Dr. Nicolas Weber
Systems for ML and ML for Systems @ NEC Labs Europe
Research and development in machine learning and, specifically, neural network-based learning is experiencing tremendous growth. Due to the resource (compute, memory, energy) consumption of ML, the volume of data, and the need to deploy ML in resource-constrained environments, there is a strong push for ML research to pay close attention to systems considerations. The talk will cover three projects of the SysML group at the intersection of ML and systems research. Each of these projects is motivated by the question of what ML can do for systems research and what systems research can do for ML. First, I will introduce net2vec, a deep learning system for the network that performs unsupervised representation learning and is able to compute predictions at line speed. Second, I describe our work on using machine learning for resource scheduling. This work integrates systems telemetry ranging from standard resource usage statistics to kernel and library calls of applications to train a machine learning model. Intuitively, such a state-based recurrent model approximates, at any point in time, the state of a system and allows us to solve tasks such as resource usage prediction. Third, I will discuss BrainSlug, a principled method for transparently accelerating ML workloads by changing the breadth-first, layer-by-layer processing of neural networks to also perform depth-first processing. BrainSlug reduces the amount of data on which operations are performed and, therefore, improves the utilization of hardware caches. BrainSlug achieves performance improvements of up to 41.1% on CPUs and 35.7% on GPUs with zero cost for the user.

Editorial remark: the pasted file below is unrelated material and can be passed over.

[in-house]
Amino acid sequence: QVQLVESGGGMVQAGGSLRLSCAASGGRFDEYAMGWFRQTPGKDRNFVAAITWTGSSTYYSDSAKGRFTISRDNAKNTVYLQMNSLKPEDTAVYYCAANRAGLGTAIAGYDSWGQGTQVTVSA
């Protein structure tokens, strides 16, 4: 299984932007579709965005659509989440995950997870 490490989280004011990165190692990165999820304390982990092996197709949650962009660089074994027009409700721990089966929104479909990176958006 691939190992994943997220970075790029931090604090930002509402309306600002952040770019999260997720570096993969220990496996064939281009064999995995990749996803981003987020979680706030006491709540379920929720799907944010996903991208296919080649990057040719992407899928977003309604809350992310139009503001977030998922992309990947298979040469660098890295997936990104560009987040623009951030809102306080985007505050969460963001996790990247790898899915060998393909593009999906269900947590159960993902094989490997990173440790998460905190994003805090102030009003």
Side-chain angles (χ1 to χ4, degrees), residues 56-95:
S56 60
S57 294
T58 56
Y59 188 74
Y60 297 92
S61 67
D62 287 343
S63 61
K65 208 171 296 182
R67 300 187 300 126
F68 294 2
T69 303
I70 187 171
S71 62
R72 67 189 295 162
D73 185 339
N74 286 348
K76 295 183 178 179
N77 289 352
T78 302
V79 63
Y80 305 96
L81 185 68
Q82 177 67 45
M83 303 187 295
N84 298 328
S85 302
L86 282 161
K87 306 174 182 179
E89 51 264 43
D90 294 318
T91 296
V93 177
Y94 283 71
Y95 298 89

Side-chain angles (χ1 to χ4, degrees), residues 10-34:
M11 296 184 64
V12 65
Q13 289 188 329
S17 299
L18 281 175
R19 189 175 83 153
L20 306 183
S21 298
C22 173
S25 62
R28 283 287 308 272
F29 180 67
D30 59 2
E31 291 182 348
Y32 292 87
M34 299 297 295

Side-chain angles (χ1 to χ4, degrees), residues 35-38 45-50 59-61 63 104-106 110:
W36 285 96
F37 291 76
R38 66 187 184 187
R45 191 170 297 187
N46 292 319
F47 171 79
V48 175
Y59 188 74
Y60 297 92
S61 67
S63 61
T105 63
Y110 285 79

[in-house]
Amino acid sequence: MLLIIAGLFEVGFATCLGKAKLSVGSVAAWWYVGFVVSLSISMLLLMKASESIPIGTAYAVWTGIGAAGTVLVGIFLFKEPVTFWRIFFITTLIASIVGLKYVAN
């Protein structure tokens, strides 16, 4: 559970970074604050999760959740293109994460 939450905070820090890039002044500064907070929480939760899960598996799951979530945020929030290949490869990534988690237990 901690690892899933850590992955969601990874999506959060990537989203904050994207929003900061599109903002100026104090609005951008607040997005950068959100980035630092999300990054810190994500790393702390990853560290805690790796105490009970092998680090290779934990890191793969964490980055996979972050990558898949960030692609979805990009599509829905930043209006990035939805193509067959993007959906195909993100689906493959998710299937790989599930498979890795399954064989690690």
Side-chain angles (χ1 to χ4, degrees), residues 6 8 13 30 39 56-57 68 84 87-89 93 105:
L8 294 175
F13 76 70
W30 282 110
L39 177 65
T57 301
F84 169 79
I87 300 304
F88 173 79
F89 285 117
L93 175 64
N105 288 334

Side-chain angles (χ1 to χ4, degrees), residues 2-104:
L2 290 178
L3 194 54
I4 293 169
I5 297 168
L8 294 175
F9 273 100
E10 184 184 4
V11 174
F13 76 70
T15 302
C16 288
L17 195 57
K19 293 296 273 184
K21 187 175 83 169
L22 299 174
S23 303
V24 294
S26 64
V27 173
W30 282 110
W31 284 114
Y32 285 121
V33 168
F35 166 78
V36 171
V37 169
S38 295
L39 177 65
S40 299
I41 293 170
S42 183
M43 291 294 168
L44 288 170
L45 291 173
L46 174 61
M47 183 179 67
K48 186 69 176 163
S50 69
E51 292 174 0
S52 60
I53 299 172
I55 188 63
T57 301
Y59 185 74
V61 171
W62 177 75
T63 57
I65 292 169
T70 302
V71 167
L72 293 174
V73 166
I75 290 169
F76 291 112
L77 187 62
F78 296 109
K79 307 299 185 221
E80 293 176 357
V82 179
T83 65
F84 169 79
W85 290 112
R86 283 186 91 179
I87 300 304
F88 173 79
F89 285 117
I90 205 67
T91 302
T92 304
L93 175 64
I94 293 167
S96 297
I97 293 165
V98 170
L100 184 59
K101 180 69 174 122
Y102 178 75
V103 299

After receiving his PHD from Technische Universität Darmstadt in 2017, Nicolas Weber joined the Systems and Machine Learning group at NEC Laboratories Europe. He is the lead researcher for the “BrainSlug” transparent neural network acceleration project. His research interest mainly focus on automated performance optimizations of compute intensive applications on high performance hardware.